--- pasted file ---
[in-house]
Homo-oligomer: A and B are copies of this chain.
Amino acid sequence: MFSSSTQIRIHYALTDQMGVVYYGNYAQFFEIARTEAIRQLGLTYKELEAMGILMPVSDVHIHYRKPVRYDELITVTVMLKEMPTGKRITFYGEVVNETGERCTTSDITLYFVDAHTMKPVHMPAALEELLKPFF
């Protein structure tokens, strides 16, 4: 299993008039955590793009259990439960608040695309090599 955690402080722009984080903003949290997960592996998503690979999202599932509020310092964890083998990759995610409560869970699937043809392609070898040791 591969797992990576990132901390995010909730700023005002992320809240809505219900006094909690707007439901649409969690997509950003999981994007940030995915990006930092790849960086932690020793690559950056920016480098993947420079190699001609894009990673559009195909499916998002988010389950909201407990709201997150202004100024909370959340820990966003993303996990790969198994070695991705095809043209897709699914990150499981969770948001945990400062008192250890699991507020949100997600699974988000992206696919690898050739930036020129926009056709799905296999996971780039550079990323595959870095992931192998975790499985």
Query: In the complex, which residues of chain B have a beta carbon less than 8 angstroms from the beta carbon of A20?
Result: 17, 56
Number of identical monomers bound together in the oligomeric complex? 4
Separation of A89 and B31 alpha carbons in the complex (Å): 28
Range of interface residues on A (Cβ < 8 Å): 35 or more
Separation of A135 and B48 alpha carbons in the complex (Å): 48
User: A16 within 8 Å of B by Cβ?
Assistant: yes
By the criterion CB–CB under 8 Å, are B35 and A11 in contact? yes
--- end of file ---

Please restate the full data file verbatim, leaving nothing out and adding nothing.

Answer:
[in-house]
Homo-oligomer: A and B are copies of this chain.
Amino acid sequence: MFSSSTQIRIHYALTDQMGVVYYGNYAQFFEIARTEAIRQLGLTYKELEAMGILMPVSDVHIHYRKPVRYDELITVTVMLKEMPTGKRITFYGEVVNETGERCTTSDITLYFVDAHTMKPVHMPAALEELLKPFF
């Protein structure tokens, strides 16, 4: 299993008039955590793009259990439960608040695309090599 955690402080722009984080903003949290997960592996998503690979999202599932509020310092964890083998990759995610409560869970699937043809392609070898040791 591969797992990576990132901390995010909730700023005002992320809240809505219900006094909690707007439901649409969690997509950003999981994007940030995915990006930092790849960086932690020793690559950056920016480098993947420079190699001609894009990673559009195909499916998002988010389950909201407990709201997150202004100024909370959340820990966003993303996990790969198994070695991705095809043209897709699914990150499981969770948001945990400062008192250890699991507020949100997600699974988000992206696919690898050739930036020129926009056709799905296999996971780039550079990323595959870095992931192998975790499985």
Query: In the complex, which residues of chain B have a beta carbon less than 8 angstroms from the beta carbon of A20?
Result: 17, 56
Number of identical monomers bound together in the oligomeric complex? 4
Separation of A89 and B31 alpha carbons in the complex (Å): 28
Range of interface residues on A (Cβ < 8 Å): 35 or more
Separation of A135 and B48 alpha carbons in the complex (Å): 48
User: A16 within 8 Å of B by Cβ?
Assistant: yes
By the criterion CB–CB under 8 Å, are B35 and A11 in contact? yes